Many of New York City’s best kept secrets are hidden in plain sight. You could be passing them on your everyday commute to class or see them but not think twice about the history they hold. The city has become the perfect canvas for artists to test out their idiosyncratic ideas and manifest them into the oddest of spaces whether that be an apartment in SoHo or a large-scale mural in Brooklyn. The best part is: all of these are free to see.
Courtesy of Mmuseumm
4 Cortlandt Alley
This tiny modern natural history museum is the definition of a hole in the wall. It’s a small-scale museum housed in a freight elevator which curates modern artifacts that often would not be considered art. Objects in the museum range from a Doritos chips dash button from Amazon to those scraps of paper where you test your next pen purchase. If you go outside of its operating hours, you can look through small rectangular viewing slits to still get a preview of the overall exhibit. The museum goes under a yearly revamp to bring in a new theme and modernize the objects within. Currently, the museum is closed for its exhibition turnover for the spring, but in the meantime, check out some of its previous exhibitions here.
Courtesy of Dia Art Foundation
The New York Earth Room
141 Wooster St., Apt. 2B
People might tell you that some works of art are complete trash. Well, The New York Earth Room is simply a room full of dirt. This 280,000-pound installation sits in an apartment among other residential apartments. According to the artist Walter De Maria, The Earth Room is a white room evenly filled with 22 inches of dirt. In addition to the SoHo location, De Maria has done two other Earth Room installations in Germany, both of which no longer exist. Another installation of De Maria’s, titled “The Broken Kilometer,” occupies an apartment two blocks down if you’re digging for more of his work.
First Street Green Art Park
33 E. First St.
Acting as a vestibule from the East Village to SoHo, the First Street Green Art Park features a 100-foot mural space that can be decorated by anyone — with permission from the New York City Department of Parks. Each mural stays up for two to three months and encourages community members to participate in the painting of all projects. Past murals have included one focused around Mexican Day and another titled “Parkour in the City.” Last fall, WSN featured Victor Leonard, a Gallatin senior who helped plan and participated in the Planned Parenthood x ButLikeMaybe mural that is currently on display.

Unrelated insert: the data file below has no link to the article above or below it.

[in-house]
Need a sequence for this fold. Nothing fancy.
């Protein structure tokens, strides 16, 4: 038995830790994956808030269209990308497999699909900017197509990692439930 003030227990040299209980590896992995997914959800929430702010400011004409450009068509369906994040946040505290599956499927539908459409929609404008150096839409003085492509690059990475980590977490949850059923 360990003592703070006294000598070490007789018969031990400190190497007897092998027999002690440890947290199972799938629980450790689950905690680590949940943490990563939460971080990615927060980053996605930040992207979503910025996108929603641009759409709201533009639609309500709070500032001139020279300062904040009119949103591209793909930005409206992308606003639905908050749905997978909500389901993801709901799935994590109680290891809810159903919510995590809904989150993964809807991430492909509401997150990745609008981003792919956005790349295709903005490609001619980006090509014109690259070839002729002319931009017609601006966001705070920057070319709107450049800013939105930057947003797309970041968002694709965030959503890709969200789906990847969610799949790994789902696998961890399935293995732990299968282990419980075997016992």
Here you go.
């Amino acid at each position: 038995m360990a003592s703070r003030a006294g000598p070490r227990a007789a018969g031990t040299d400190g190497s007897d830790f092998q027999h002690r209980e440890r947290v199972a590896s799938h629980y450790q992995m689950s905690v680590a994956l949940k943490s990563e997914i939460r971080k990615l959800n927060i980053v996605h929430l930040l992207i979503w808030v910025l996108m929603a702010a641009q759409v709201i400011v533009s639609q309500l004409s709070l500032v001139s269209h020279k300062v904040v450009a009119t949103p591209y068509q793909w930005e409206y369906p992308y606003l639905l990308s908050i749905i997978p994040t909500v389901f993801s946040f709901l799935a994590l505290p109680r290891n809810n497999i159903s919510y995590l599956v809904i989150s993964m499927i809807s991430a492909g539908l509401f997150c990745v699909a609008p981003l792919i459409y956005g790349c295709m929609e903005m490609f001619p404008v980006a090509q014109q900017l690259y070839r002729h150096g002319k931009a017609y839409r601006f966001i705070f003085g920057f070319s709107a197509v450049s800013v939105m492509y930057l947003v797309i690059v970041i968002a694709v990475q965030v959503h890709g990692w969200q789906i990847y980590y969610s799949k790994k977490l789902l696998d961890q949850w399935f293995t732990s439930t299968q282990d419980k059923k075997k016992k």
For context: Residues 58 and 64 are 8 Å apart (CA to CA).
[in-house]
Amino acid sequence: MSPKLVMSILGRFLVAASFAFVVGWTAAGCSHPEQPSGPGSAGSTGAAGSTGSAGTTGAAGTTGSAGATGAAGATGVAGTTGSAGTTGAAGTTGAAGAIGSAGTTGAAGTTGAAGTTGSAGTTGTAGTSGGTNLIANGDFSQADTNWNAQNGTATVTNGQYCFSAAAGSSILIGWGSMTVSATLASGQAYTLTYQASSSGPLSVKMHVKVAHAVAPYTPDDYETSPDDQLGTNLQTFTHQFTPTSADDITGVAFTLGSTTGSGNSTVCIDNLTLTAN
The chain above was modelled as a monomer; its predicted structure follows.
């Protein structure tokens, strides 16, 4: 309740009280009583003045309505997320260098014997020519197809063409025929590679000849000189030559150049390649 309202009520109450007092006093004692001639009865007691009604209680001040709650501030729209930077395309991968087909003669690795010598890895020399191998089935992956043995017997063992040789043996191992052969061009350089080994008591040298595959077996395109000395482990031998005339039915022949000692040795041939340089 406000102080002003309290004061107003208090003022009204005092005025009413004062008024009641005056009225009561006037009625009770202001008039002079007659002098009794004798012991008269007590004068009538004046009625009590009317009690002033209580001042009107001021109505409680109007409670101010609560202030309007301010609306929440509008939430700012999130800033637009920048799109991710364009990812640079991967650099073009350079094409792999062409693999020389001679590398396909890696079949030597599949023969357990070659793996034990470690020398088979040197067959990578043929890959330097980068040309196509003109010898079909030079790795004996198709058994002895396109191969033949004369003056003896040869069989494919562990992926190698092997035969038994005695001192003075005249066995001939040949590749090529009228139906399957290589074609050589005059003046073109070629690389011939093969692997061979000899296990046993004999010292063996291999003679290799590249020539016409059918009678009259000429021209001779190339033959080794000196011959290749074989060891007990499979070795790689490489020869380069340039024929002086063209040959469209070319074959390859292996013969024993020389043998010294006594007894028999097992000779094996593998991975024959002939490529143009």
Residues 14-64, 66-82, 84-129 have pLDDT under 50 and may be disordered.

“Times Square” Sound Installation
Broadway (Between 45th and 46th Street)
Who says that art has to be just visual? Audio artist Max Neuhaus installed this piece below a metal vent from 1977 to 1992, but it was later restored and reopened in 2002. Despite its long runtime, this installation often goes unnoticed as it blends in among the hundreds of other grates above subway lines. Many visitors have named the experience the “hum,” which never stopped even when under construction during Times Square’s ongoing redesign and when the grate was surrounded by barricades. Neuhaus told The New York Times that he never intended for the installation to go immediately noticed but rather slowly self-discovered, which couldn’t be done with a label reading “An Artwork by Max Neuhaus.” The best time to experience the hum for yourself is on a weeknight around midnight to 2 a.m. when Times Square is vacant.
Courtesy of WordPress
“Crack Is Wack” Mural
Harlem River Drive and Second Avenue
Created as a vandalization of an East Harlem park during the mid-1980s, Keith Haring’s “Crack Is Wack” mural has even taken the namesake of the park, officially called Crack Is Wack Playground. Haring painted it in honor of his young studio assistant, Benny, who had recently become addicted to crack. The mural was simple and anti-drug related: “Crack Is Wack.” Haring wasn’t commissioned or even given permission to create this large-scale mural on the handball court wall; he went in the dead of night to paint this masterpiece. After a few legal complications, Haring was arrested by the New York City Police for vandalism of city property, but after reports from The Washington Post and the New York Post, locals and the New York City Department of Parks and Recreation came to his defense, letting him get off easy from any legal obstructions. The Parks Department wanted to keep the mural in situ, but when Haring was released from his arrest, his vandal work had been vandalized. Haring made a second, approved edition of his mural, which has since been repainted and reimagined on the same wall after the death of Haring in 1990.